These are the times that try men’s souls. The summer student and the sunshine worker will, in this crisis, shrink from the service of their school, but he that stands by it now deserves the love and thanks of guy and girl.
I am talking, of course, about winter quarter. You are not a true University of Chicago student until you survive your first.
Winter quarter, demon of our school year, has the unfortunate habit of coming too early and staying too long. Our fall enthusiasm has flagged. Work seems more daunting, and the sun is already down when we get out of class. The cold hurts our faces and blows through our clothes. (Oh, why didn’t we go to Stanford?) We argue with our roommates and get woken up at night by the clunk of radiators. Everyone is stressed and unhappy.
These common miseries and gripes create instant commonalities. When we all complain about the same things, we feel less alone. However, when these complaints are academic in nature, they may serve as a form of one-upmanship rather than something that brings us together. The student who complains about the difficulty of her classes also engages in a certain amount of moralizing, i.e. “I am morally superior because my classes are more difficult than yours.” In short, misery is normalized and expected.
Our culture of academic one-upmanship and the normalization of misery create an environment where students are not only discouraged from making healthy, proactive choices about their mental health, but are also taught to think that such unhappiness is a necessary part of life at the University of Chicago. In order to improve the mental health and happiness of students, we must create an environment where seeking help is not stigmatized. As a community, we must also take responsibility for each other and provide support for those who are having a hard time.
The biggest problem lies in our conception of the archetypal University of Chicago student. Such a student is brilliant, motivated by the life of the mind, and able to take anything that may be thrown at them. Unfortunately, this stereotype simply does not mesh with the reality that we are not machines designed to deal with the mental and emotional toll that our work may bring. We cannot read hundreds of pages, churn out problem sets, take exams, apply to internships, participate in RSOs, and deal with our emotional lives—all on too little sleep— without feeling any negative consequences.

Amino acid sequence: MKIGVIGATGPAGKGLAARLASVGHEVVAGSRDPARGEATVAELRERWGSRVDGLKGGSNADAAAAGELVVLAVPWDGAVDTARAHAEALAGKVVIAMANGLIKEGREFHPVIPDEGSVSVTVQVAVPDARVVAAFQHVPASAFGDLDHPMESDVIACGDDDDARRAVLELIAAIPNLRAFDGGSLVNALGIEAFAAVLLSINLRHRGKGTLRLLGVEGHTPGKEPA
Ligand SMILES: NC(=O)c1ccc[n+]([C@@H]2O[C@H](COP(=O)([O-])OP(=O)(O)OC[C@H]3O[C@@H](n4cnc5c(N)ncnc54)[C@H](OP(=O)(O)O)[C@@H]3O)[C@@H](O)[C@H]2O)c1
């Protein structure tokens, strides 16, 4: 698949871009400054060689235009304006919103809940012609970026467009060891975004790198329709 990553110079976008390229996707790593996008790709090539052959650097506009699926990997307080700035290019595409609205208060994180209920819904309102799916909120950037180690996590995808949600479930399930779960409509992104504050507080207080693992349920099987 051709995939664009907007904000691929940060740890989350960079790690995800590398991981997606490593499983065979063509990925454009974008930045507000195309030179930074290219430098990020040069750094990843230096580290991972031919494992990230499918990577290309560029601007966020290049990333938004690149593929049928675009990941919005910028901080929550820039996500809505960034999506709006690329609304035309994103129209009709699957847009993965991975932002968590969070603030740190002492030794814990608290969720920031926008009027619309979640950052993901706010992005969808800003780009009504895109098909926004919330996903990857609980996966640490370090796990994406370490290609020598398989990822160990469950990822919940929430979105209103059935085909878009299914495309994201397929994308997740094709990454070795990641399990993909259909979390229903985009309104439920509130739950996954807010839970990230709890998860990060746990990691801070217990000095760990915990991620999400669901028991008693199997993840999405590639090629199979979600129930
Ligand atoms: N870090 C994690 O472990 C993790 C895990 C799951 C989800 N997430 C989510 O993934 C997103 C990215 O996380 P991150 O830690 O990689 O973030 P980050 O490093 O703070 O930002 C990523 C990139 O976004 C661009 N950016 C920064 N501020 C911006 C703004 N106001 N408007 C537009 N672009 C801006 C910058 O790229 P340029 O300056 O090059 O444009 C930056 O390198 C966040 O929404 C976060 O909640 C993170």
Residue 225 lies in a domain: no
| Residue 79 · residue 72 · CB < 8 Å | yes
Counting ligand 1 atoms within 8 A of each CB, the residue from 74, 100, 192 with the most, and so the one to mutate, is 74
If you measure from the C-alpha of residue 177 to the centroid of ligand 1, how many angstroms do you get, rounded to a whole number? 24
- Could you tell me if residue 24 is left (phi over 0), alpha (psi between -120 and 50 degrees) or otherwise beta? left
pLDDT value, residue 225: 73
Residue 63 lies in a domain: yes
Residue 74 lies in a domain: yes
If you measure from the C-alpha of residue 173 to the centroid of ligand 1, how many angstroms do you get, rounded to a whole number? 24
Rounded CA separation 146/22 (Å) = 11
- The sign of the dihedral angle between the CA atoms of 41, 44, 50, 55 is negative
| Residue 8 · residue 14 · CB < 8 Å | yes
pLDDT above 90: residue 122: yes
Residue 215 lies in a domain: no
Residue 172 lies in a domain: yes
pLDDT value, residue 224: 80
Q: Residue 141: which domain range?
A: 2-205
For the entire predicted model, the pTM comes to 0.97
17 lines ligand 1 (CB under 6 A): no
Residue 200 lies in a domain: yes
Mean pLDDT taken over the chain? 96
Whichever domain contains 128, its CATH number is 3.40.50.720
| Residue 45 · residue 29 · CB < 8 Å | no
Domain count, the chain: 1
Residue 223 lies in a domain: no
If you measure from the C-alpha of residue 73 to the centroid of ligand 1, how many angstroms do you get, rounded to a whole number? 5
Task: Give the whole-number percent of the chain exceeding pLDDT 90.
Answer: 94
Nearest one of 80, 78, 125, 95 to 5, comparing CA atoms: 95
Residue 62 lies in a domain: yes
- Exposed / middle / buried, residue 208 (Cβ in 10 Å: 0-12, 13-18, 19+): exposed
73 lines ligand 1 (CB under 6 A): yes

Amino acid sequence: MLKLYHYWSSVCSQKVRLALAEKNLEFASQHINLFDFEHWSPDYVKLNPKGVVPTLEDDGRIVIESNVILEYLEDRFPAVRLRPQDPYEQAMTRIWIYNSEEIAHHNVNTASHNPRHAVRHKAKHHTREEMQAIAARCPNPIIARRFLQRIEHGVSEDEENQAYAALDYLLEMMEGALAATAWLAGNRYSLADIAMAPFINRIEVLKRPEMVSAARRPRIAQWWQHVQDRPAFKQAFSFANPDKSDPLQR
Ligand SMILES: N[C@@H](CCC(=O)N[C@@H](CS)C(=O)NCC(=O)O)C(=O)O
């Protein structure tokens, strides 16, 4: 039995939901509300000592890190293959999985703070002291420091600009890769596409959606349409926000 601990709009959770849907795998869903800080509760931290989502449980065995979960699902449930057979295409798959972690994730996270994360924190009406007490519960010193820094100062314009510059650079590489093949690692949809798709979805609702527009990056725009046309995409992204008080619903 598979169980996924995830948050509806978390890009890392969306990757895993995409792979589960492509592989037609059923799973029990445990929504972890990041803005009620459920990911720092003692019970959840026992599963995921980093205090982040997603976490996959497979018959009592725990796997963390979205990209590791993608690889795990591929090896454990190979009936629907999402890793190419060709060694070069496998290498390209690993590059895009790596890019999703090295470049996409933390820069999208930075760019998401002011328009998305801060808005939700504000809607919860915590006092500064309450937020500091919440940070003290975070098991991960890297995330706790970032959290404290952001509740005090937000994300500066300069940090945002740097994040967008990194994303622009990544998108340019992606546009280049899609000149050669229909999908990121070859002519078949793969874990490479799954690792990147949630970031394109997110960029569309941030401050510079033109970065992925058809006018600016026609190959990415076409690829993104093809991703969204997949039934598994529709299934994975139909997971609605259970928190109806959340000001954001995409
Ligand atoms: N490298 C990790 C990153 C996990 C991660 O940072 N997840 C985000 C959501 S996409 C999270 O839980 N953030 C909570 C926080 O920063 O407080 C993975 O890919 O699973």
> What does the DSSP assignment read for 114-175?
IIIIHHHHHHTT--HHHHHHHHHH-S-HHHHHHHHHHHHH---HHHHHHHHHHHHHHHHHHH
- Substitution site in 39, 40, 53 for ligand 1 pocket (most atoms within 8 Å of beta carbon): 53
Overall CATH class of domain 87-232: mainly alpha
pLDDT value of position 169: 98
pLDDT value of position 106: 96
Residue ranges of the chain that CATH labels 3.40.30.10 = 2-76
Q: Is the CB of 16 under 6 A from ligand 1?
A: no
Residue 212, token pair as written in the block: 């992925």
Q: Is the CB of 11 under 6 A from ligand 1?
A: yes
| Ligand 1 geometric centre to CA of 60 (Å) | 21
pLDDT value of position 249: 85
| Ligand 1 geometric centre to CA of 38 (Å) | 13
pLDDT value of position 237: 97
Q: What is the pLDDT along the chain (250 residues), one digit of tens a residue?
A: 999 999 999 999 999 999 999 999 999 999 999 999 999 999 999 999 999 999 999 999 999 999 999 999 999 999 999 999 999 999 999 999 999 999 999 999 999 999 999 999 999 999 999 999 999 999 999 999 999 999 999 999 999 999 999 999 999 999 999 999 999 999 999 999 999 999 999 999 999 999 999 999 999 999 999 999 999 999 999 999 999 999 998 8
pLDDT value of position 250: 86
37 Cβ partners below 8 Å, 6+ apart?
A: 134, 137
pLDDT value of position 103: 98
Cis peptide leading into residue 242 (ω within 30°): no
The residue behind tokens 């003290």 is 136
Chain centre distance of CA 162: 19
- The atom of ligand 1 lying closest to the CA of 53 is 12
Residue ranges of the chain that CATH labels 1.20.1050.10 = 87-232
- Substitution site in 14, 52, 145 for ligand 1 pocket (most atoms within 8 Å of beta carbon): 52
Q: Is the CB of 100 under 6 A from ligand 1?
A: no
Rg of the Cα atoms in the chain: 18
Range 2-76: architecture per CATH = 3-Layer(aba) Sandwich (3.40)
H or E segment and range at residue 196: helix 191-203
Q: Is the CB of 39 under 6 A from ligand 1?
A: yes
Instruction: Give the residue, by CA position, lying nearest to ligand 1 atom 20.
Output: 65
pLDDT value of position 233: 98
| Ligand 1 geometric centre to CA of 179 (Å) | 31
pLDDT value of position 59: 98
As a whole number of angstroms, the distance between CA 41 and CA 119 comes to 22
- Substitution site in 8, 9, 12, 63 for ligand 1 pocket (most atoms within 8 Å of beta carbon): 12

Many people can just grit their teeth and get on with it. Those who cannot, or who have preexisting problems exacerbated by the stress of school, are often left to their own devices. Though there are certain University structures that are supposed to deal with student problems (e.g. Resident Heads in the housing system and counseling through Student Health Services), these are often not enough.
This is why we must take responsibility for our peers. We as students are more perceptive than any system created by the University could possibly be. We see each other every day and can notice changes in individuals’ behavior. We may not know exactly what is wrong, but we can tell that something is. We need to remind our unhappy friends that their unhappiness is not something that is expected of them. If we can lend a friendly ear, offer advice, or encourage them to get help, then fewer people will fall through the cracks.
Individuals must also try to take steps to improve their own mental health. A friend of my family who is a registered nurse told me, “People should be as proactive about their mental health as they are about their physical health.” Though this is far from reality for most people, it does underscore how little we think about our own mental health. Students should take note of their moods and their reactions to situations. If you feel sad, you should ask yourself why. If you have no answer, then that doesn’t mean there isn’t one.
Though occasional unhappiness is probably unavoidable at the University of Chicago, continual unhappiness should not be a mark of our education. We need to strive to create an environment in which it is perfectly fine to ask for help, and in which individuals who need help are supported by their peers. That way, we can all have a happier and healthier winter quarter.
Maya Fraser is a third-year in the College majoring in sociology.